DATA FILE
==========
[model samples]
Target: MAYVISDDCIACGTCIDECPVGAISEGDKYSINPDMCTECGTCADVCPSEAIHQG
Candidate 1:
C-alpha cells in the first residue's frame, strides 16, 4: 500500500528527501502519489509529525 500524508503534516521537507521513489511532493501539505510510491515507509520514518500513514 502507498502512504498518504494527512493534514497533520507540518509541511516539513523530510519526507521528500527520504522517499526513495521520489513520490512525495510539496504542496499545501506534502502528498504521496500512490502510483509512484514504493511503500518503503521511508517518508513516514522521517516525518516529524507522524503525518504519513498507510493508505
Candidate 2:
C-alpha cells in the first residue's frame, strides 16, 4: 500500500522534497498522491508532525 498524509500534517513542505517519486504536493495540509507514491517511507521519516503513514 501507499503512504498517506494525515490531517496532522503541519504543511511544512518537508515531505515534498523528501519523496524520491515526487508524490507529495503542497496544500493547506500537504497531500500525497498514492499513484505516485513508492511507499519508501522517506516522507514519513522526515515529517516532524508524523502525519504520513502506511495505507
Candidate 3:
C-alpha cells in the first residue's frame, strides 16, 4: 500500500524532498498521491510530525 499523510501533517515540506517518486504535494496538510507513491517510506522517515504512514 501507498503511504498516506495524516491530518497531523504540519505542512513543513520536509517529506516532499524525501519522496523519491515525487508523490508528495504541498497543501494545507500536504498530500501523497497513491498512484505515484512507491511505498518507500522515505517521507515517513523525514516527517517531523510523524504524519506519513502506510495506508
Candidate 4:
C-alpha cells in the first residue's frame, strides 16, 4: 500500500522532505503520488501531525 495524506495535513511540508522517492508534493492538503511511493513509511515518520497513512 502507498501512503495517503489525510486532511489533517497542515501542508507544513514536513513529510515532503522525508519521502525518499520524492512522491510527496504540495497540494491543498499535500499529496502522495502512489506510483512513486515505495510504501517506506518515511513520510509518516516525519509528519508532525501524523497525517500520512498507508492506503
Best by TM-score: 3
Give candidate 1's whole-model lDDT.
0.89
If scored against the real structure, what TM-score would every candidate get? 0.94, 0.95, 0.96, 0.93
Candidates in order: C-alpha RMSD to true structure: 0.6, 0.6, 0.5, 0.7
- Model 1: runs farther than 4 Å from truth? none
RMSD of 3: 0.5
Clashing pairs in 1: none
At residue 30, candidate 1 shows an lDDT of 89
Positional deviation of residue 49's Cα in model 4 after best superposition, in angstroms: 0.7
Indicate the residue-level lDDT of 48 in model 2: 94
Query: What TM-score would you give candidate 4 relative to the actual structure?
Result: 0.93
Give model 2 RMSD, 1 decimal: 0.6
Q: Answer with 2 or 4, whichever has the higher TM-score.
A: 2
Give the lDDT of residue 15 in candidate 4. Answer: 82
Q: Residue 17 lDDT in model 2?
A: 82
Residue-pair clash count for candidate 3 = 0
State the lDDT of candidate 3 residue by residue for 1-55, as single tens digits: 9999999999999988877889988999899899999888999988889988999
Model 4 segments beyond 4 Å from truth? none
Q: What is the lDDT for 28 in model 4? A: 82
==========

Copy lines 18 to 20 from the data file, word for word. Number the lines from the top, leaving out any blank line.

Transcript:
Clashing pairs in 1: none
At residue 30, candidate 1 shows an lDDT of 89
Positional deviation of residue 49's Cα in model 4 after best superposition, in angstroms: 0.7